Next, you can start to migrate your existing users (connections) when you are ready, and at your own pace. Here are some options:

  • For integrations with many connections: If you support a lot of QuickBooks users, we recommend that you also integrate with the Migration API. This library lets you migrate each user’s token at the desired time, without requiring them to sign in and grant consent again. For example, you can migrate 1000 connections in less than 5 minutes.
  • For integrations with a few connections: If your app has a small number of users, and you prefer not to use the Migration API, you can use the Migration tab in the OAuth 2.0 Playground to migrate each connection manually, without requiring your users to sign in again. Note that you will need access to each user’s existing OAuth 1.0 token in order to use this tool.
  • For integrations with one connection: If you are your app’s only user, and you prefer not to use the options above, you can simply disconnect your QuickBooks account from your app, and then reconnect by using your new connection flow.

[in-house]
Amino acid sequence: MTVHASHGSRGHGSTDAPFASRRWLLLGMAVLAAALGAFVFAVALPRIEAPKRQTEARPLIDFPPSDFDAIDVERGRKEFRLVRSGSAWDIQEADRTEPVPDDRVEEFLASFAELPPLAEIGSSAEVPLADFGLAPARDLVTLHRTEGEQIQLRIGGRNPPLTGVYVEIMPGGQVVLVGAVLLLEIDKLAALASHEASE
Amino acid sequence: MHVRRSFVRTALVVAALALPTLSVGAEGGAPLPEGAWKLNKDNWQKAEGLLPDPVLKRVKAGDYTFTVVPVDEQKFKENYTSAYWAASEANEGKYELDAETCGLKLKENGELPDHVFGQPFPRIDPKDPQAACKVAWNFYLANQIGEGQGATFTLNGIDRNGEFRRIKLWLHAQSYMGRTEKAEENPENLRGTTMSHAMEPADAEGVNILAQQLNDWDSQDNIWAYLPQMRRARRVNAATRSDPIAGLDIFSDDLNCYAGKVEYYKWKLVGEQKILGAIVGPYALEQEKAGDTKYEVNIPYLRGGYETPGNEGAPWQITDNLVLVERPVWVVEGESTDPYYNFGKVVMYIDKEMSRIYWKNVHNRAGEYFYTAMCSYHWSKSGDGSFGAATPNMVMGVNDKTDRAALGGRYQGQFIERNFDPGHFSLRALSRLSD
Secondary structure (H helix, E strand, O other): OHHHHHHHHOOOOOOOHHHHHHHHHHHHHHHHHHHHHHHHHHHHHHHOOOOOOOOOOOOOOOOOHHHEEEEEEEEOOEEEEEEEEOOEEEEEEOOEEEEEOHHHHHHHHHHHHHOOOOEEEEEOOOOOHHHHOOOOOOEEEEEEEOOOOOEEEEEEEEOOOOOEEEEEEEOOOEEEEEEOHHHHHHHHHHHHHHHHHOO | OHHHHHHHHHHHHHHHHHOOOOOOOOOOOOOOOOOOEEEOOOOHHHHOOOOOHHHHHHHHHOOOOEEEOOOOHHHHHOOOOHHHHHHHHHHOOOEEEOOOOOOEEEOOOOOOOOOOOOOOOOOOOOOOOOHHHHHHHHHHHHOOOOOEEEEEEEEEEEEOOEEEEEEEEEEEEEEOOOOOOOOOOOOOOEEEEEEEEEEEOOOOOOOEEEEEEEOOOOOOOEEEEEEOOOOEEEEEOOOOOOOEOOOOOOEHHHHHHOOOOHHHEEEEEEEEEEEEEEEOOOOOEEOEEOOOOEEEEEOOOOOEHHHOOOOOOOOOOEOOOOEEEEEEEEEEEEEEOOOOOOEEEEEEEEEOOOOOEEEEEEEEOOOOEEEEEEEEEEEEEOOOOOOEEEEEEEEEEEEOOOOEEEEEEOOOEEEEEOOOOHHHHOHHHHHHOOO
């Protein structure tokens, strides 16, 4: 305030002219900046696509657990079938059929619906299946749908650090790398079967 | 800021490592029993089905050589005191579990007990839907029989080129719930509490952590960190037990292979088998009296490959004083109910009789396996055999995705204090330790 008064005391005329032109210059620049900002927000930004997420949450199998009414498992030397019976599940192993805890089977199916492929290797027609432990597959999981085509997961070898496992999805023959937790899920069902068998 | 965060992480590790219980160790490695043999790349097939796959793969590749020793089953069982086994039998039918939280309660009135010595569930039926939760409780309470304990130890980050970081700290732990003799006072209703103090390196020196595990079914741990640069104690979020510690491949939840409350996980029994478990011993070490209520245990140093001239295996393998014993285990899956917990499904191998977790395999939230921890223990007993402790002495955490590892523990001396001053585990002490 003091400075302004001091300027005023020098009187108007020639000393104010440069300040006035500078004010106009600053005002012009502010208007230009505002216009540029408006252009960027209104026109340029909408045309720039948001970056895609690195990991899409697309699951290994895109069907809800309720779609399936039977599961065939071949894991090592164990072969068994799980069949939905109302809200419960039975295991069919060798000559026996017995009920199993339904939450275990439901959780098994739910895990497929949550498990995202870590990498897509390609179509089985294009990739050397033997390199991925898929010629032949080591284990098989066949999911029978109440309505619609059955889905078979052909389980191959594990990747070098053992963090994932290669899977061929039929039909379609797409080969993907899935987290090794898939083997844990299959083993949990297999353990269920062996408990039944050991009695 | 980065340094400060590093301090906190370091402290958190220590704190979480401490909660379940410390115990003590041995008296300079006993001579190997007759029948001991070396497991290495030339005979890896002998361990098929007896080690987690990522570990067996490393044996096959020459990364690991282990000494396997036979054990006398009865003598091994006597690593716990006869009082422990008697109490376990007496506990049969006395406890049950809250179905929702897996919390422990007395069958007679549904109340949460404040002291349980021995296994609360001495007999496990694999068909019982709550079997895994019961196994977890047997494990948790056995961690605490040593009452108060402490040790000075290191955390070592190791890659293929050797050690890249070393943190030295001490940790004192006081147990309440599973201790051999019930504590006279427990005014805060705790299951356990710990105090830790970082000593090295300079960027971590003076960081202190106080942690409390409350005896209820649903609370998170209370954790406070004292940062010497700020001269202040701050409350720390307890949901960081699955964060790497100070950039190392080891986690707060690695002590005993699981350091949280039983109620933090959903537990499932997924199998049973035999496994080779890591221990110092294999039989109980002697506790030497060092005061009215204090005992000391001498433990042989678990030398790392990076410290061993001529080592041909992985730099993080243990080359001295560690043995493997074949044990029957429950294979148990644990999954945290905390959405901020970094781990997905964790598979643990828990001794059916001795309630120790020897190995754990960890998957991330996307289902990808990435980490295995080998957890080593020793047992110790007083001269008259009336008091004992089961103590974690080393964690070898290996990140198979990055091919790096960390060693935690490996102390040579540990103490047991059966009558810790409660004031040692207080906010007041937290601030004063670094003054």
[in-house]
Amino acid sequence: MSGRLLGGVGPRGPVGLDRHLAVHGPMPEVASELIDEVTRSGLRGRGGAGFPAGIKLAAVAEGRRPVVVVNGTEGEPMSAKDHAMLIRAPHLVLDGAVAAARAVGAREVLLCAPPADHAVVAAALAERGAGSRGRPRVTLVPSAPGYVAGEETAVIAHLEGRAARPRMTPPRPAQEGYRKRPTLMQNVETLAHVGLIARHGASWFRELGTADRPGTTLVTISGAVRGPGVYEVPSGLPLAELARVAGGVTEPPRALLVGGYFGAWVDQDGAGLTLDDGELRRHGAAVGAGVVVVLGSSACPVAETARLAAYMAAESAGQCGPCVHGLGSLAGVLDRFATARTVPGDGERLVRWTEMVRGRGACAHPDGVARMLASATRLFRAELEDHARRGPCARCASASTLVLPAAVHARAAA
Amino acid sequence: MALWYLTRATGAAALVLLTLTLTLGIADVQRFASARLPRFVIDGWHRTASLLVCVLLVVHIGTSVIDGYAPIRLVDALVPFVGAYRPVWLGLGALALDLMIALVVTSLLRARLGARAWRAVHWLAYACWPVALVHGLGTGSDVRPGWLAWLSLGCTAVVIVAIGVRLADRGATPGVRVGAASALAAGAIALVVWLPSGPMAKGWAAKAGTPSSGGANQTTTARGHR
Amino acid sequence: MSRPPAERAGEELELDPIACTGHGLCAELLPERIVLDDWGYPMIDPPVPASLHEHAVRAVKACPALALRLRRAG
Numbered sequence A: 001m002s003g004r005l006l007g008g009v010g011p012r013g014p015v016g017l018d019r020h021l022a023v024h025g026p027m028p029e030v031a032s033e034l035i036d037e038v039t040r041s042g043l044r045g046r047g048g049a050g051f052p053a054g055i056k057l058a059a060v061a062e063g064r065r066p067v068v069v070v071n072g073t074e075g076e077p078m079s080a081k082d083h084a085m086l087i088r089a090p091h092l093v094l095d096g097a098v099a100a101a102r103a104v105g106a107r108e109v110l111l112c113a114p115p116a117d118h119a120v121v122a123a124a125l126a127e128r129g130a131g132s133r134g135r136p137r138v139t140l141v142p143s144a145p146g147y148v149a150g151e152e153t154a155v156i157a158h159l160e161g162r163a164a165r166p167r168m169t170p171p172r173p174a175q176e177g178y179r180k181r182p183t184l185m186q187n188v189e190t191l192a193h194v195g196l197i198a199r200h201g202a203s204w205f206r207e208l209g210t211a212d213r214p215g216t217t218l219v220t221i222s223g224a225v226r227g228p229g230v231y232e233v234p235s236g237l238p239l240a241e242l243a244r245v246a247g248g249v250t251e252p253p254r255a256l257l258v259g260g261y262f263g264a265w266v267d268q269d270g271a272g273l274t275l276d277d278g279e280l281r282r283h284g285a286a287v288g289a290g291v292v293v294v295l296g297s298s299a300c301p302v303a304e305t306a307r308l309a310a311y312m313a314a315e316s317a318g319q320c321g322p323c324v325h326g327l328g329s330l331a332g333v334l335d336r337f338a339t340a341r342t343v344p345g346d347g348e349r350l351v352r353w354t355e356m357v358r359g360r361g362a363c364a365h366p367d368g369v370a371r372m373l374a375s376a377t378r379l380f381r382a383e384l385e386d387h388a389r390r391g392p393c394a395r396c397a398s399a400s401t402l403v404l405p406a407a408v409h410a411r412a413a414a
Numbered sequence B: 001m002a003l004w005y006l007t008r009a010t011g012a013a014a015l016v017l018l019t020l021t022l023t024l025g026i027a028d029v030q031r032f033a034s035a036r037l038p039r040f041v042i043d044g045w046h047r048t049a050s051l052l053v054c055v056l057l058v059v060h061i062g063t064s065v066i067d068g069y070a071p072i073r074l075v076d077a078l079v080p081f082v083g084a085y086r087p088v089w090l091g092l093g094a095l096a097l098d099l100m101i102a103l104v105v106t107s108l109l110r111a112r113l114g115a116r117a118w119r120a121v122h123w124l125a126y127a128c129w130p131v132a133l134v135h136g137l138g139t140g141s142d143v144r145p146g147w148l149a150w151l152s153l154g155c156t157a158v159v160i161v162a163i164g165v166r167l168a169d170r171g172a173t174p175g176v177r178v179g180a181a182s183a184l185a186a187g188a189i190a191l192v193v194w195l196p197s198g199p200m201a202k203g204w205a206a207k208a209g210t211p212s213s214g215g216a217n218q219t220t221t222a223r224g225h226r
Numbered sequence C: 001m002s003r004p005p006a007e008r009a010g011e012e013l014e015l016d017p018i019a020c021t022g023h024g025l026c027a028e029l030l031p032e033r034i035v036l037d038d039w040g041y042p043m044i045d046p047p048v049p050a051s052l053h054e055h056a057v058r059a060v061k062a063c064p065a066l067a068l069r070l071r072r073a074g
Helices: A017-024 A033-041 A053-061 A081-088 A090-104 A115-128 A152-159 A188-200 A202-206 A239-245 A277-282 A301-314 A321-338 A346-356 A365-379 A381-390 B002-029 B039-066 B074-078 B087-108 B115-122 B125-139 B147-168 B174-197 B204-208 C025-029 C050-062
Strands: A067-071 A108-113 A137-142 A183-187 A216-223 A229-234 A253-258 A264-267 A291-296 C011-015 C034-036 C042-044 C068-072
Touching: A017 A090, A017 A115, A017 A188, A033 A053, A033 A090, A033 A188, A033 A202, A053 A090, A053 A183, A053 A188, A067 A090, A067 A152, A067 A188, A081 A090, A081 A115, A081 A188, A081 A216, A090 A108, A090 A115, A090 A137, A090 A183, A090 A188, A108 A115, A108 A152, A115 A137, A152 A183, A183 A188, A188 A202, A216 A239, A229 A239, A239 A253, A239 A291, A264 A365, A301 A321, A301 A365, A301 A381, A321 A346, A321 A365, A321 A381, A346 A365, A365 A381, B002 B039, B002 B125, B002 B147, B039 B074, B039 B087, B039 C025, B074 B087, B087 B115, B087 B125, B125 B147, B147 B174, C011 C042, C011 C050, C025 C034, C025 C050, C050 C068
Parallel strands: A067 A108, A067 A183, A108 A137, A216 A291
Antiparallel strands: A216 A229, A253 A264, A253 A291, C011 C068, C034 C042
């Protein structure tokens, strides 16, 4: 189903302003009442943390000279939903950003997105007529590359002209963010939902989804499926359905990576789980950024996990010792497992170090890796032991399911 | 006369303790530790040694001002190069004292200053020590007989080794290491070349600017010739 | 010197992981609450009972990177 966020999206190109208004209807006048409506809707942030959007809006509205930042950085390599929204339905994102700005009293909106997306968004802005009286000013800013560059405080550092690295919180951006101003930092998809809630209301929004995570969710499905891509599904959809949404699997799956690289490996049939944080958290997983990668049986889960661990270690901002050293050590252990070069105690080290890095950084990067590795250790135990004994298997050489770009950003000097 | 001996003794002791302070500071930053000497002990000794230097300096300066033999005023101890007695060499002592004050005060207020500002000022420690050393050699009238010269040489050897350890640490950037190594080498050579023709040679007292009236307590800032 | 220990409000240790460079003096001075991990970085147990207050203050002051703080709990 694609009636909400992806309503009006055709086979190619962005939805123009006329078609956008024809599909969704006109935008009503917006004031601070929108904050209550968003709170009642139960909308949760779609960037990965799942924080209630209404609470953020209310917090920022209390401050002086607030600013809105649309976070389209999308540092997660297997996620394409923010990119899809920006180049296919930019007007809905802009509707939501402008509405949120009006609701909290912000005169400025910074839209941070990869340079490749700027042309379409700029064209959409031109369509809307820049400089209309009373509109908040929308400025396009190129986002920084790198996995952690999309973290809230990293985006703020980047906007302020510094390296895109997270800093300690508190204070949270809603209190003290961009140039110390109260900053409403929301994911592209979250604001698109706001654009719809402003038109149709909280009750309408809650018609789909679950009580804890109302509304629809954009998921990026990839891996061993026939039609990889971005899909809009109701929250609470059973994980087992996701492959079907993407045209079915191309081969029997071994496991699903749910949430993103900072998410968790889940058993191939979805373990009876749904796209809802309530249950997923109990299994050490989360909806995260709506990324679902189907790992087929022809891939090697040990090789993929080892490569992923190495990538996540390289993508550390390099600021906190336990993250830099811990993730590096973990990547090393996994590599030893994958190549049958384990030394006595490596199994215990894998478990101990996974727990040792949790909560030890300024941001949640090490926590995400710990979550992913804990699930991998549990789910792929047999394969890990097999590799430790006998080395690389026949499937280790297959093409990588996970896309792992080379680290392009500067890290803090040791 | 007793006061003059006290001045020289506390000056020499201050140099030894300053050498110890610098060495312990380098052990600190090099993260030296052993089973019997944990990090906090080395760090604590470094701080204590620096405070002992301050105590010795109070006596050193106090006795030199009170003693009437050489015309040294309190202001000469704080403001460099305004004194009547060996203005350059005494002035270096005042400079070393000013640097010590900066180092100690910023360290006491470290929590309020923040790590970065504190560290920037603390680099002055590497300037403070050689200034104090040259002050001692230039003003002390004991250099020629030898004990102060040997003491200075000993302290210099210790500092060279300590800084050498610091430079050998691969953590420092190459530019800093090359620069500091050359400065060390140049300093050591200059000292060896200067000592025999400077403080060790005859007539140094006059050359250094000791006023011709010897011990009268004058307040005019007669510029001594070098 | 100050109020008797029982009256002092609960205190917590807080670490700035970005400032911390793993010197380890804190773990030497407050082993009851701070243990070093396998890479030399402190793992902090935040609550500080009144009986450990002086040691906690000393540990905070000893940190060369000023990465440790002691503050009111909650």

In all cases, be sure that you have updated your application to accept OAuth 2.0 connections before you begin to migrate your users.

I migrated all my users, but Intuit says I didn’t. Why?

If you received an email or a status from Intuit Developer that says your app still uses OAuth 1.0, it means our records show that you’ve mostly migrated, but you still have a few active OAuth 1.0 connections.

To complete your migration, you have these choices:

  • Migrate your remaining active users to OAuth 2.0. You can either:
    • Use the Migration API; or
    • Use the Migrate to OAuth 2.0 tab in the OAuth Playground; or
    • Ask those users disconnect from your app and reconnect again using your OAuth 2.0 flow.
  • For users who no longer actively use your app, you can either:
    • Use the Disconnect API to revoke their tokens; or
    • Manually disconnect them from within your Intuit Developer account (see below); or
    • Ask them to disconnect themselves from their My Apps tab in QuickBooks

To disconnect a user yourself via your Intuit Developer account, you need to know their company’s realm ID (no tokens required).

Go to your app in your developer account, where you see the app’s main dashboard. Scroll down to the cumulative total connections report. Click “Search by Realm ID”. Enter the realm ID in the search box.

The result will show you the realm ID, a Disconnect button, their connection status (active or disconnected), and also the start and expiration dates of their OAuth token. Use the Disconnect button to disable the company’s token for your application. As a best practice, when a user stops using your application, you should promptly discontinue the Processing of their End User Data, in accordance with the Intuit Terms of Service for Intuit Developer Services.

What is invalid_grant? What are some invalid grant solutions?